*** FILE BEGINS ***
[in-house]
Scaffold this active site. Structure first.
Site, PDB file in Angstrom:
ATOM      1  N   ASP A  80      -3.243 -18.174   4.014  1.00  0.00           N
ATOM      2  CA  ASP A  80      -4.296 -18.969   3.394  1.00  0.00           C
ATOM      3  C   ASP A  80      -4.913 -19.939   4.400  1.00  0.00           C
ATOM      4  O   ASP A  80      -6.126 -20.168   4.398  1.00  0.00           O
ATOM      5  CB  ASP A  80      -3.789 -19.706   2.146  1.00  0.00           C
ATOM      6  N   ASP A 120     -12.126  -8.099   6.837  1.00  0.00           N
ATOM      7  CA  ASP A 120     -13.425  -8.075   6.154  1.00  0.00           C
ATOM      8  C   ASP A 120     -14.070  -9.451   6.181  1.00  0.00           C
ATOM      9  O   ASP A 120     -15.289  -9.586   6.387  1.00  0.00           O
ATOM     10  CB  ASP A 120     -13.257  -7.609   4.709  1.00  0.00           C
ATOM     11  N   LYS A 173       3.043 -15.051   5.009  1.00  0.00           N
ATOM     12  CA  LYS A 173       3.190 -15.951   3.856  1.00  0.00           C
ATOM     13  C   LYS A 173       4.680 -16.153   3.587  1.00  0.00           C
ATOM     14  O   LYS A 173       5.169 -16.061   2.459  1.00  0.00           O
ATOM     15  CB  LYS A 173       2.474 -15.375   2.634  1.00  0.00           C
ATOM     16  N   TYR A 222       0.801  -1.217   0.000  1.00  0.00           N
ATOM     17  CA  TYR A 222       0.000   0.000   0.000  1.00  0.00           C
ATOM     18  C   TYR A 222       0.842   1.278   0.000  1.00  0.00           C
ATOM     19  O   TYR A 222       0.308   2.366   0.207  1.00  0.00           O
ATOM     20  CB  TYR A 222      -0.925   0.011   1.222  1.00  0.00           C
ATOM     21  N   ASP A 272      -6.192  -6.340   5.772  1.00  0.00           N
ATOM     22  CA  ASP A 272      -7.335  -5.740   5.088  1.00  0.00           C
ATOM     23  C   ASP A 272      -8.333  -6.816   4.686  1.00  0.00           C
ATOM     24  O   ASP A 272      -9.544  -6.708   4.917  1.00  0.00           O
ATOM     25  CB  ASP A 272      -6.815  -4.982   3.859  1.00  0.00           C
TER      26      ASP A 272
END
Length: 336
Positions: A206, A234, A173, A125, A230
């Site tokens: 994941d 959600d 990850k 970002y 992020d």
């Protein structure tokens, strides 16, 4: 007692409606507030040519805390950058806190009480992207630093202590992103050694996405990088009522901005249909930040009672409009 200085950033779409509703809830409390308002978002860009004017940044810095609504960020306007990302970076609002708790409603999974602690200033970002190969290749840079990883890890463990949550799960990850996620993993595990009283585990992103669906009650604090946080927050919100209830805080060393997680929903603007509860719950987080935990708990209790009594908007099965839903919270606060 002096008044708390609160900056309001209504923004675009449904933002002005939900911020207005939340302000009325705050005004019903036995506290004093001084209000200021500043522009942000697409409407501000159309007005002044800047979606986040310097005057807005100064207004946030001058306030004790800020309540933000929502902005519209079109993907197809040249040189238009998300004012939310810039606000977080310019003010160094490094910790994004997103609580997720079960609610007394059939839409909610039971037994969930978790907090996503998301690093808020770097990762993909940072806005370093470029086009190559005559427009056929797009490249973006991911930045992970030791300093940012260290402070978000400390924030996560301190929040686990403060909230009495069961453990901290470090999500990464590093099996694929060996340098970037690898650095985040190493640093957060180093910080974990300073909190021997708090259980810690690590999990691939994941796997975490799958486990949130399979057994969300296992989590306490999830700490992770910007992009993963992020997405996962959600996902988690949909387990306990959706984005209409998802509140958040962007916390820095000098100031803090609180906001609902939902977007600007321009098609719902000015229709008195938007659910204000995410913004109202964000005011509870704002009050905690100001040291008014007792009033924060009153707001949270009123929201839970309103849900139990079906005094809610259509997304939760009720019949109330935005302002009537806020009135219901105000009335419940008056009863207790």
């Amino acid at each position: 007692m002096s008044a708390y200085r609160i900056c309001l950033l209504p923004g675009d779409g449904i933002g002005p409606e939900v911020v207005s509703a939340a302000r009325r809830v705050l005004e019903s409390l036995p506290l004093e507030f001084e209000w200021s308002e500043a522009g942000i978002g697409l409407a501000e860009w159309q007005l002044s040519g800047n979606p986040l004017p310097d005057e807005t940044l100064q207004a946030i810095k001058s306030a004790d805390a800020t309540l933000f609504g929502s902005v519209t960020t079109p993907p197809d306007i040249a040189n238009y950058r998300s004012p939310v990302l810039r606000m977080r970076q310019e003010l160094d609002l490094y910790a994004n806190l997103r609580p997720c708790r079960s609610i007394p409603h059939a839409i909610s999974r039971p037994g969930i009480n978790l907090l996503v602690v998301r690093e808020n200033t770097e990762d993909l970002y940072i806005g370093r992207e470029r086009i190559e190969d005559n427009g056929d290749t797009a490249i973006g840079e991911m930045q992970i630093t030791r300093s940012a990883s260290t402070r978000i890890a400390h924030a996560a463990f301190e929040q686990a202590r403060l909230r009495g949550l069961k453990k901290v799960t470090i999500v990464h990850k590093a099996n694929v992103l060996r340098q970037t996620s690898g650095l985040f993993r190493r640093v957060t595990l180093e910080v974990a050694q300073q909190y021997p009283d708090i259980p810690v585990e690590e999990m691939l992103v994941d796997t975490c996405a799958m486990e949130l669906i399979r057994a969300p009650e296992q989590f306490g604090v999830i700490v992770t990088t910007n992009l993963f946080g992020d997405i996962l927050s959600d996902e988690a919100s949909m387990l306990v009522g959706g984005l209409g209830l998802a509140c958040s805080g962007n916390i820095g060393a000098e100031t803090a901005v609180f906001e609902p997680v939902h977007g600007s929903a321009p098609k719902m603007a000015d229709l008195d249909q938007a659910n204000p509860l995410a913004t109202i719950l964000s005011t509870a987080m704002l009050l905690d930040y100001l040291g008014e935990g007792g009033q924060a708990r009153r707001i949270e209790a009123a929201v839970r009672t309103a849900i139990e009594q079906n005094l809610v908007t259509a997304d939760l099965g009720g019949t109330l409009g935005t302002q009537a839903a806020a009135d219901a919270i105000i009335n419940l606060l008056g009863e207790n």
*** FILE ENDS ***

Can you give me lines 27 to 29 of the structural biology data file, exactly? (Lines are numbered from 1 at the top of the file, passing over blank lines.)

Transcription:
ATOM     24  O   ASP A 272      -9.544  -6.708   4.917  1.00  0.00           O
ATOM     25  CB  ASP A 272      -6.815  -4.982   3.859  1.00  0.00           C
TER      26      ASP A 272